….ruffff stuffffff, I know.   But I guess, when it comes to North Dakota, you can take the sun out of spring — and dump a bunch of snow instead — but you can’t take the spring out of certain kinds of people.

 

Photo by Tom Stromme of Bismarck Tribune

 

This one is dedicated to my friend, Jeremy Manstrom, who could always rock a pair of shorts, no socks, and sandals even in blizzard.


Nodaiku: “red roads run like veins”

 

Photo by Jessie Veeder Scofield

red roads run like veins
through a few hills, over snow —
Dream crossing the plains

—–

The Nodaiku Project is a weekly series featuring one of Jeremy Bold’s haiku compositions based on Jessie Veeder Scofield’s photographs from her ranch way out in western North Dakota (Meanwhile, back at the ranch: Daily Photos).  Find more of The Blank Rectangle’s nodaiku poems by following us on Twitter (@blankrectangle) or here at The Blank Rectangle: Nodaiku and be sure to click the “Sign me up!” button in the sidebar to get notified each time there’s a new nodaiku or other post from The Blank Rectangle!


Nodaiku: “galloping shadows”

from March 11, 2011, "Spirit" by Jessie Veeder Scofield

galloping shadows
racing down slopes, over hills —
time frozen in mind

—–

The Nodaiku Project is a weekly series featuring one of Jeremy Bold’s haiku compositions based on Jessie Veeder Scofield’s photographs from her ranch way out in western North Dakota (Meanwhile, back at the ranch: Daily Photos).  Find more of The Blank Rectangle’s nodaiku poems by following us on Twitter (@blankrectangle) or here at The Blank Rectangle: Nodaiku and be sure to click the “Sign me up!” button in the sidebar to get notified each time there’s a new nodaiku or other post from The Blank Rectangle!


First Practice Walk

Last Friday was the warmest day in my neck of the woods since November, so I did my first real practice walk. I was hoping to do 2 hours of walking, but ended up doing the 1.5 hour minimum I had set for myself. I’m still breaking in my boots (Merrell Sirens), and my feet started to hurt after about an hour.

Wearing my JanSport backback was predictably harsh on my trapezius muscles, but I don’t have a proper hiking backpack yet. I put a towel in the bottom of the backpack, added a 40 lb. kettlebell, and immediately removed the kettlebell after hefting the pack a foot off the ground. I wouldn’t have lasted ten minutes with that amount of weight and the poor weight distribution of the JanSport. I tried two 8 lb. weights, but that still seemed too heavy, so I settled on just one weight. I also packed 4 ounces of water, some kleenex, and my cell phone.

I live in a small city, so after only 20 minutes of walking I was completely out of town. I realized it had been a long time since my last walk in the country, and I enjoyed the solitude. My route was simple, roughly a large rectangle. I thought about many different things as I walked, and tried to imagine what the actual trek across North Dakota will be like.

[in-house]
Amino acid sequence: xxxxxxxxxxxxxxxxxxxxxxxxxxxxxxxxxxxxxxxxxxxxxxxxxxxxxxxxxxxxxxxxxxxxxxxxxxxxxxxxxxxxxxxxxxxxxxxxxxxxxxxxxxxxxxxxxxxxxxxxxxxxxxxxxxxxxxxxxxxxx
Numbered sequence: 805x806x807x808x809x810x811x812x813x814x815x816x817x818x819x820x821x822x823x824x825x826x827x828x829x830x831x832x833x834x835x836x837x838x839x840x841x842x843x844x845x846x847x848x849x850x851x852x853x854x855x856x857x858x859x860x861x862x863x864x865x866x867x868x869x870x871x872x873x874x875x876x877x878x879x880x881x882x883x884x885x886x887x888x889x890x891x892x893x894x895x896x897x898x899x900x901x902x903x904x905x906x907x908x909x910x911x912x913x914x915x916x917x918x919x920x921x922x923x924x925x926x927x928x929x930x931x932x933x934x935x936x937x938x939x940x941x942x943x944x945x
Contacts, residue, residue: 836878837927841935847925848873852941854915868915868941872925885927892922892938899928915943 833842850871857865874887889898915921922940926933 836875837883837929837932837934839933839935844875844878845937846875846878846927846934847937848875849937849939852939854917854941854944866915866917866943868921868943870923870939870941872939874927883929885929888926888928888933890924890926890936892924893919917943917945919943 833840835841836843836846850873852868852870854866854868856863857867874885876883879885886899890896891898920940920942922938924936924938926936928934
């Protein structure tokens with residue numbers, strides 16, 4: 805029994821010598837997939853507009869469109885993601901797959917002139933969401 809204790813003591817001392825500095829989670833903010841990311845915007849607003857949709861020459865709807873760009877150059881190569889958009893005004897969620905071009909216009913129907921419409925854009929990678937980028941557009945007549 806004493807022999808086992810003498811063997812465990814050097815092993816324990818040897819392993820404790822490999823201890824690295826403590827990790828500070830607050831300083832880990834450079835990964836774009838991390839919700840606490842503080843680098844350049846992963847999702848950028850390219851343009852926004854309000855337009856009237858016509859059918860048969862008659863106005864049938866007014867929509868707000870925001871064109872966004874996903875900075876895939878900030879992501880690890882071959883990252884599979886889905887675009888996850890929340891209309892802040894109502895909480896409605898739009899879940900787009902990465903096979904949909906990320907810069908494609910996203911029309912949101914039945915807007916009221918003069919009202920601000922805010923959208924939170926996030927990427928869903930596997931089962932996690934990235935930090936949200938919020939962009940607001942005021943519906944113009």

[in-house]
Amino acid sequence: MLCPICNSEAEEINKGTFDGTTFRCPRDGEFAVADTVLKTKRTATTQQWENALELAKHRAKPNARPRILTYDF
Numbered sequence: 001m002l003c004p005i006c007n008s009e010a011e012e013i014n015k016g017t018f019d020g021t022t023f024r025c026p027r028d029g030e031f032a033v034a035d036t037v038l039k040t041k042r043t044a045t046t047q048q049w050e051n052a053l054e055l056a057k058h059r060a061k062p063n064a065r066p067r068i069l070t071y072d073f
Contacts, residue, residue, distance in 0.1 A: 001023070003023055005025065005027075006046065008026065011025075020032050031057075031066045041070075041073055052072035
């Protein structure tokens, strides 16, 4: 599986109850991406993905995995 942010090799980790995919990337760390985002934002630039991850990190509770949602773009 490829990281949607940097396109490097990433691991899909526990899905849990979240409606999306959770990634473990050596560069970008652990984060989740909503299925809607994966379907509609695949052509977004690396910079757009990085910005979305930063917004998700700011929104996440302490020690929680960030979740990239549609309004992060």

This relatively short and easy practice walk only gave me a glimpse at what it will be like to walk 6-10 hours a day, but you have to start somewhere. The last thing I want is to put off my physical preparation until a couple weeks before the trip.

 


Nodaiku: “rocks peek from far ridge”

 

From February 24, 2011, "Landscape" by Jessie Veeder Scofield

rocks peek from far ridge —
in snow field, one empty tree
still hibernating

—–

The Nodaiku Project is a weekly series featuring one of Jeremy Bold’s haiku compositions based on Jessie Veeder Scofield’s photographs from her ranch way out in western North Dakota (Meanwhile, back at the ranch: Daily Photos).  Find more of The Blank Rectangle’s nodaiku poems by following us on Twitter (@blankrectangle) or here at The Blank Rectangle: Nodaiku and be sure to clickthe “Sign me up!” button in the sidebar to get notified each time there’s a newnodaiku or other post from The Blank Rectangle!


Running away from nothing (Part 2)


Minneapolis Cityscape. Photo by Jeremy Bold

(Yes I’m telling this story out of order.  No good explanation – you’ll just have to wait and see how it all comes together.)

A SMALL CHILD IS REACHING UP to look down from a round window in his second story house – he sees the neighbors.  The kids are playing with some brightly colored ball and their father and mother are barbecuing on the deck and everyone seems to be having fun.  They look happy from up here.

Isn’t that the kind beautiful sight that makes you want to run away from home, your boring little life, and forget everything you know?  I don’t recall ever actually getting up the courage to run away from the tall house on Bell Street – but when I was 21, I abandoned the only thing I could call my home and ran off to become a “city boy” in the neighboring state.  I just really had to get out of there, and the first step for me was the Twin Cities in Minnesota.

I’d been in and out of the Cities from time to time.  Never knew nothing more than a few things there: largest mall I’d ever seen, huge hockey town, population of the city limits of Minneapolis proper was 500,000, the metro approaching 3 million, but to me it might as well have been double or triple that, since it seemed just enough to get out.  So when I got my Bachelor’s in English from UND, I worked at a landscapers for three months while staying at my parent’s house to save the money I needed to cover the first few month’s rent.  And as soon as I got it, I got a couple of my most “ambitious” high school friends together and we checked out to Minneapolis – the farthest I think that any of us had ever lived from our North Dakota homes.